Movies Tagged ‘Black & White’

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The Incredible Petrified World (1957)

Saturday, October 16th, 2010

The Incredible Petrified World is a 1958 science fiction movie directed by Jerry Warren and starring John Carradine.

Professor Millard Wyman’s (John Carradine) sends a crew of two men, Paul Whitmore (Allen Windsor) and Craig Randall (Robert Clarke,) and two women Lauri Talbott (Sheila Noonan) and Dale Marshall (Phyllis Coates,) down to ocean depths never before explored. But, there’s a technical problem during the launch and the mission is believed lost.

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Metropolis (1927)

Saturday, October 16th, 2010

Metropolis is a brilliant German expressionist film made in 1927 by Fritz Lang.

Set in a futuristic urban landscape it explores the political theme of the day, the social tensions between workers and owners within the capitalist system.

The most expensive silent film ever made, 5 million Reichsmark was the eventual cost.

Metropolis is the name of the city in which the two classes in society live. One in luxurious skyscrapers and and the other below ground. The film tells the story of a dehumanizing society where machines matter more than people and the rich thoroughly exploit workers.

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Jigsaw (1949)

Saturday, October 16th, 2010

“Jigsaw” is a 1949 film noir directed by Fletcher Markle about a shodowy group called “The Crusaders” who operate as a strange sort of neo-fascist outfit in New York City.

A columnist decides to investigate them and is killed.

Special Prosecutor Howard Malloy is brought in to find out what happened and is drawn into a murky world combining crime with the reactionary beliefs of a priveleged few.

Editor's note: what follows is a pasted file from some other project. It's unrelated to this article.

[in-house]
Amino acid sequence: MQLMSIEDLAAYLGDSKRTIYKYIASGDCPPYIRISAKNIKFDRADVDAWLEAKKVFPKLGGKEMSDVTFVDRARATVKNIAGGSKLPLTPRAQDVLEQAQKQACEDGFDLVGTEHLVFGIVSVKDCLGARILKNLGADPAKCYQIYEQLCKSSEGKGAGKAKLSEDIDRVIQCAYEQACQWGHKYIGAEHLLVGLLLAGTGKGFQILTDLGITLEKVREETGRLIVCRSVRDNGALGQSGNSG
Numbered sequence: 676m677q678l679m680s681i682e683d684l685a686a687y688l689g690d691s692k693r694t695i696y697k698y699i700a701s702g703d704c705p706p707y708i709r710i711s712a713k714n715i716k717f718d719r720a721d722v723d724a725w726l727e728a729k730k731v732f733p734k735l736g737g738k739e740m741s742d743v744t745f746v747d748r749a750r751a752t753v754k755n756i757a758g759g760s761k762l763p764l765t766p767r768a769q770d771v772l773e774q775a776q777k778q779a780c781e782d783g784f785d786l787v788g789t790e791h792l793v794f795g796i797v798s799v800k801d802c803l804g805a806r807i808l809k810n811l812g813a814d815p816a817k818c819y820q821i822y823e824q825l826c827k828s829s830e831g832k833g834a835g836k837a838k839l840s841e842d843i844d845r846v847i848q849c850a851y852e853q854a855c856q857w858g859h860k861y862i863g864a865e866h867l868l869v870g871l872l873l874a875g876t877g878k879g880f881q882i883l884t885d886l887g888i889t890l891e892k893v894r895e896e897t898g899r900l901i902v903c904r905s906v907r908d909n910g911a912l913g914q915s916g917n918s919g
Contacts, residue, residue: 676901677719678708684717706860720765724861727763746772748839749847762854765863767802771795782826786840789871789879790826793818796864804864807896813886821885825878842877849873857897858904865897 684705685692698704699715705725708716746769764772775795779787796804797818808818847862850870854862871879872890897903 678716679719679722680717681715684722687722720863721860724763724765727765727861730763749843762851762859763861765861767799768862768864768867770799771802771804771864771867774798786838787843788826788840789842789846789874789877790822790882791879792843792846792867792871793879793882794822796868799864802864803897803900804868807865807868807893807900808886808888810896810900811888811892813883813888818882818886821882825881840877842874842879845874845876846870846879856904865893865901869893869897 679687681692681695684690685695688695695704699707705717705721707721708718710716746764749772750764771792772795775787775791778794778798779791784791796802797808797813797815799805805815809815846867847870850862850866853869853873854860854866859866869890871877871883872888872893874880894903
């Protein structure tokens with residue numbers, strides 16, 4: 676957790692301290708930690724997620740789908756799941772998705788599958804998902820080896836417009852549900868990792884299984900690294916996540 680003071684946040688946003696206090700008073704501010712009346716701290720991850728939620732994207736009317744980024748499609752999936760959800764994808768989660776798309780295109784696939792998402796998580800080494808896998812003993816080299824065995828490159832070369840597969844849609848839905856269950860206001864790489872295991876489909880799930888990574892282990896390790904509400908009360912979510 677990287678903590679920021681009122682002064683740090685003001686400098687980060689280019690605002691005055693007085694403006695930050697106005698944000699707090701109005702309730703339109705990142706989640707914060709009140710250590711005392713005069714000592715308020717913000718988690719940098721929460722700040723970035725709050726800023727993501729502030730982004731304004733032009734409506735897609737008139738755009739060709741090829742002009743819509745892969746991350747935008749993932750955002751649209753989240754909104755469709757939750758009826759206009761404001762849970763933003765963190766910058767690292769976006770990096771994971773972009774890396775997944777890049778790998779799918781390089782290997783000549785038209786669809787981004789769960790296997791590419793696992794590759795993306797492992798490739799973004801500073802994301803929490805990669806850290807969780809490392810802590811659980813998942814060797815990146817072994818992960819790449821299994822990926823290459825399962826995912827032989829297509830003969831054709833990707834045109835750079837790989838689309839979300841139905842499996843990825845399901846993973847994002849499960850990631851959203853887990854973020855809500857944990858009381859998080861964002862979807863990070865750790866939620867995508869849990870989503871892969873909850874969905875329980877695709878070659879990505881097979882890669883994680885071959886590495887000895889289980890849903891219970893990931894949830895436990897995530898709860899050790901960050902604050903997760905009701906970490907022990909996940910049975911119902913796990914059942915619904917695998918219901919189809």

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He Walked By Night (1948)

Saturday, October 16th, 2010

“He Walked By Night” is a gripping 1948 film noir, crediting ALfred L. Werker as director. In facr, most of the film was directed by western/film noir director Anthony Mann. The film is allegedly based on the real life story of Erwin “Machine-Gun” Wallker.

On a Los Angeles Street, Officer Hollis, a patrolman on his way hom from work, stops a man he suspects of burglary and is shot and mortally wounded.

Two police detectives, Sergeants Marty Brennan (Brady) and Chuck Jones (Cardwell) are assigned to catch the killer. He is Roy Morgan (Baseheart,) and is hiding in a Hollywod bungalow, listening to police calls on his radio and accompanied by his dog.

Morgan stays one step ahead of the police by using his knowledge of their procedures and gravitates to armed robbery but the tenacity of his pursuers ensures a suspense ridden story!

Outstanding film from the post war era.

Cast:

Richard Baseheart as Roy Martin/Roy Morgan

Scott Brady as Sgt. Marty Brennan

Roy Roberts as Captain Breen

Whit Bissell as Paul Reeves

James Cardwell as Sgt. Chuck Jones

Jack Webb as Lee

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Revolt of the Zombies (1936)

Sunday, September 12th, 2010

Revolt of the Zombies is a 1936 horror film directed and produced by the Halperin Brothers which stars Dean Jagger and Dorothy Stone.

On the Franco-Austrian Frontier during World War I, an oriental priest, chaplain of a French colonial regiment, is condemned to life imprisonment because he possesses the power to turn men into zombies. In his prison cell, the priest prepares to burn a parchment containing the location of the secret formula. Colonel Mazovia (Roy D’Arcy) kills the priest and takes the partially-burned parchment. After the war, an expedition of representatives from the Allied countries with colonial interests are sent to Cambodia to find and destroy forever the so-called “Secret of the Zombies”. The group includes Colonel Mazovia; a student of dead languages, Armand Louque (Dean Jagger); Englishman Clifford Grayson (Robert Noland); General Duval (George Cleveland); and his daughter Claire (Dorothy Stone.)